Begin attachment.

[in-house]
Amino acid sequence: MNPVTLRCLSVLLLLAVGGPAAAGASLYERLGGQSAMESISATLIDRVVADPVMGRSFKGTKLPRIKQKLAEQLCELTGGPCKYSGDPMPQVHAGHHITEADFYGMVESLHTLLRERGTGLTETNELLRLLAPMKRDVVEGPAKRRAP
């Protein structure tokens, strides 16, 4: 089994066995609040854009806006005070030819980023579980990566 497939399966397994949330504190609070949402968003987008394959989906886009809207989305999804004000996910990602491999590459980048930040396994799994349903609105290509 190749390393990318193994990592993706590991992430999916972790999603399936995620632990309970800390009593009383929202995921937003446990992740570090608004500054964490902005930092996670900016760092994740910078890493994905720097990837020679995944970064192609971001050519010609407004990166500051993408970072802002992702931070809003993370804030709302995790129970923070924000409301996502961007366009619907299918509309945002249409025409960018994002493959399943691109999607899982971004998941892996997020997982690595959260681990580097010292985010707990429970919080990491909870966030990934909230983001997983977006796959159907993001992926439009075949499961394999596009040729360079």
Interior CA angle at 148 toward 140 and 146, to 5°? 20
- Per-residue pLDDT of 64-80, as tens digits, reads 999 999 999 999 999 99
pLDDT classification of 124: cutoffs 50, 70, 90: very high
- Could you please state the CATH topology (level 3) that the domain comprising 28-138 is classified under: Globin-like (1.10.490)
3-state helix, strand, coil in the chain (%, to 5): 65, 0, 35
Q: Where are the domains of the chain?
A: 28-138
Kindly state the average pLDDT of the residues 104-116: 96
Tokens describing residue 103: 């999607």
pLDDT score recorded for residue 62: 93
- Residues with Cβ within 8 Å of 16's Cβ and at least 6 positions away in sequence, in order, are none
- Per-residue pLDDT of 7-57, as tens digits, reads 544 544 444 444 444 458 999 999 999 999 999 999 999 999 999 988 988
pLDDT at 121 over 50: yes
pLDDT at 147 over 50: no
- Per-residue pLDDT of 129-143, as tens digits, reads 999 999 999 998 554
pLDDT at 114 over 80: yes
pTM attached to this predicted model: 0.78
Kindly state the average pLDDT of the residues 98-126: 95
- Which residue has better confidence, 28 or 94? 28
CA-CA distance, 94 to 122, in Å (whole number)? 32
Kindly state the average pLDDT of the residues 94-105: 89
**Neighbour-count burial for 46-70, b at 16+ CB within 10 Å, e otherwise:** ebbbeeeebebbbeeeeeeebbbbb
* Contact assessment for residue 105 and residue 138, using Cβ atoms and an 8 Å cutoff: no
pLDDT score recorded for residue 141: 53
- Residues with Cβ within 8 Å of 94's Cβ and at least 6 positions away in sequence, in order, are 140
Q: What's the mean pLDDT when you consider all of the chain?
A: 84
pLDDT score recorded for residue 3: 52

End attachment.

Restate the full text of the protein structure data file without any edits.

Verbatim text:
[in-house]
Amino acid sequence: MNPVTLRCLSVLLLLAVGGPAAAGASLYERLGGQSAMESISATLIDRVVADPVMGRSFKGTKLPRIKQKLAEQLCELTGGPCKYSGDPMPQVHAGHHITEADFYGMVESLHTLLRERGTGLTETNELLRLLAPMKRDVVEGPAKRRAP
């Protein structure tokens, strides 16, 4: 089994066995609040854009806006005070030819980023579980990566 497939399966397994949330504190609070949402968003987008394959989906886009809207989305999804004000996910990602491999590459980048930040396994799994349903609105290509 190749390393990318193994990592993706590991992430999916972790999603399936995620632990309970800390009593009383929202995921937003446990992740570090608004500054964490902005930092996670900016760092994740910078890493994905720097990837020679995944970064192609971001050519010609407004990166500051993408970072802002992702931070809003993370804030709302995790129970923070924000409301996502961007366009619907299918509309945002249409025409960018994002493959399943691109999607899982971004998941892996997020997982690595959260681990580097010292985010707990429970919080990491909870966030990934909230983001997983977006796959159907993001992926439009075949499961394999596009040729360079």
Interior CA angle at 148 toward 140 and 146, to 5°? 20
- Per-residue pLDDT of 64-80, as tens digits, reads 999 999 999 999 999 99
pLDDT classification of 124: cutoffs 50, 70, 90: very high
- Could you please state the CATH topology (level 3) that the domain comprising 28-138 is classified under: Globin-like (1.10.490)
3-state helix, strand, coil in the chain (%, to 5): 65, 0, 35
Q: Where are the domains of the chain?
A: 28-138
Kindly state the average pLDDT of the residues 104-116: 96
Tokens describing residue 103: 């999607």
pLDDT score recorded for residue 62: 93
- Residues with Cβ within 8 Å of 16's Cβ and at least 6 positions away in sequence, in order, are none
- Per-residue pLDDT of 7-57, as tens digits, reads 544 544 444 444 444 458 999 999 999 999 999 999 999 999 999 988 988
pLDDT at 121 over 50: yes
pLDDT at 147 over 50: no
- Per-residue pLDDT of 129-143, as tens digits, reads 999 999 999 998 554
pLDDT at 114 over 80: yes
pTM attached to this predicted model: 0.78
Kindly state the average pLDDT of the residues 98-126: 95
- Which residue has better confidence, 28 or 94? 28
CA-CA distance, 94 to 122, in Å (whole number)? 32
Kindly state the average pLDDT of the residues 94-105: 89
**Neighbour-count burial for 46-70, b at 16+ CB within 10 Å, e otherwise:** ebbbeeeebebbbeeeeeeebbbbb
* Contact assessment for residue 105 and residue 138, using Cβ atoms and an 8 Å cutoff: no
pLDDT score recorded for residue 141: 53
- Residues with Cβ within 8 Å of 94's Cβ and at least 6 positions away in sequence, in order, are 140
Q: What's the mean pLDDT when you consider all of the chain?
A: 84
pLDDT score recorded for residue 3: 52